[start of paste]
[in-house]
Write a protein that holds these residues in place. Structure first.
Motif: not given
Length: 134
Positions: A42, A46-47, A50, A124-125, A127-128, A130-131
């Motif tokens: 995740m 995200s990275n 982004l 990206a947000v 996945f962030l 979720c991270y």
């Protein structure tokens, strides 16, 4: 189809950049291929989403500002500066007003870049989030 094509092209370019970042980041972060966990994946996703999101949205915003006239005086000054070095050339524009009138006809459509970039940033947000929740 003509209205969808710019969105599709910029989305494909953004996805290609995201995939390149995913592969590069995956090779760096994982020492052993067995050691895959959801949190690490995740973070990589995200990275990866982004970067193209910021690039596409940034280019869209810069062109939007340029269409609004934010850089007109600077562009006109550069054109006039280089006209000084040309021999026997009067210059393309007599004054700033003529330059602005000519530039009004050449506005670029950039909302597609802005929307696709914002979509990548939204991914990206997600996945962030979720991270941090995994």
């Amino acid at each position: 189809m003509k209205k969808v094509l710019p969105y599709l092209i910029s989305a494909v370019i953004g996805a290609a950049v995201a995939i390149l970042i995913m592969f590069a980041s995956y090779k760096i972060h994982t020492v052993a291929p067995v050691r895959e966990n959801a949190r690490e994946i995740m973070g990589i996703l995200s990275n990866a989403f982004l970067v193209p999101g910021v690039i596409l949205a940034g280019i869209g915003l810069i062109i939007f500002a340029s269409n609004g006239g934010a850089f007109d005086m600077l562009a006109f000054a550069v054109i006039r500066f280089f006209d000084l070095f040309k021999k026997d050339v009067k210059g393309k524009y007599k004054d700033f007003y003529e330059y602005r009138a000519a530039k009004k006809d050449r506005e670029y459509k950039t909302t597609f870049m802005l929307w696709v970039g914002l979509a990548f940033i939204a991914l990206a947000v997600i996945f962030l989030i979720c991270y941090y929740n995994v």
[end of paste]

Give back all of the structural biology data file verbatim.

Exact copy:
[in-house]
Write a protein that holds these residues in place. Structure first.
Motif: not given
Length: 134
Positions: A42, A46-47, A50, A124-125, A127-128, A130-131
């Motif tokens: 995740m 995200s990275n 982004l 990206a947000v 996945f962030l 979720c991270y």
């Protein structure tokens, strides 16, 4: 189809950049291929989403500002500066007003870049989030 094509092209370019970042980041972060966990994946996703999101949205915003006239005086000054070095050339524009009138006809459509970039940033947000929740 003509209205969808710019969105599709910029989305494909953004996805290609995201995939390149995913592969590069995956090779760096994982020492052993067995050691895959959801949190690490995740973070990589995200990275990866982004970067193209910021690039596409940034280019869209810069062109939007340029269409609004934010850089007109600077562009006109550069054109006039280089006209000084040309021999026997009067210059393309007599004054700033003529330059602005000519530039009004050449506005670029950039909302597609802005929307696709914002979509990548939204991914990206997600996945962030979720991270941090995994």
């Amino acid at each position: 189809m003509k209205k969808v094509l710019p969105y599709l092209i910029s989305a494909v370019i953004g996805a290609a950049v995201a995939i390149l970042i995913m592969f590069a980041s995956y090779k760096i972060h994982t020492v052993a291929p067995v050691r895959e966990n959801a949190r690490e994946i995740m973070g990589i996703l995200s990275n990866a989403f982004l970067v193209p999101g910021v690039i596409l949205a940034g280019i869209g915003l810069i062109i939007f500002a340029s269409n609004g006239g934010a850089f007109d005086m600077l562009a006109f000054a550069v054109i006039r500066f280089f006209d000084l070095f040309k021999k026997d050339v009067k210059g393309k524009y007599k004054d700033f007003y003529e330059y602005r009138a000519a530039k009004k006809d050449r506005e670029y459509k950039t909302t597609f870049m802005l929307w696709v970039g914002l979509a990548f940033i939204a991914l990206a947000v997600i996945f962030l989030i979720c991270y941090y929740n995994v």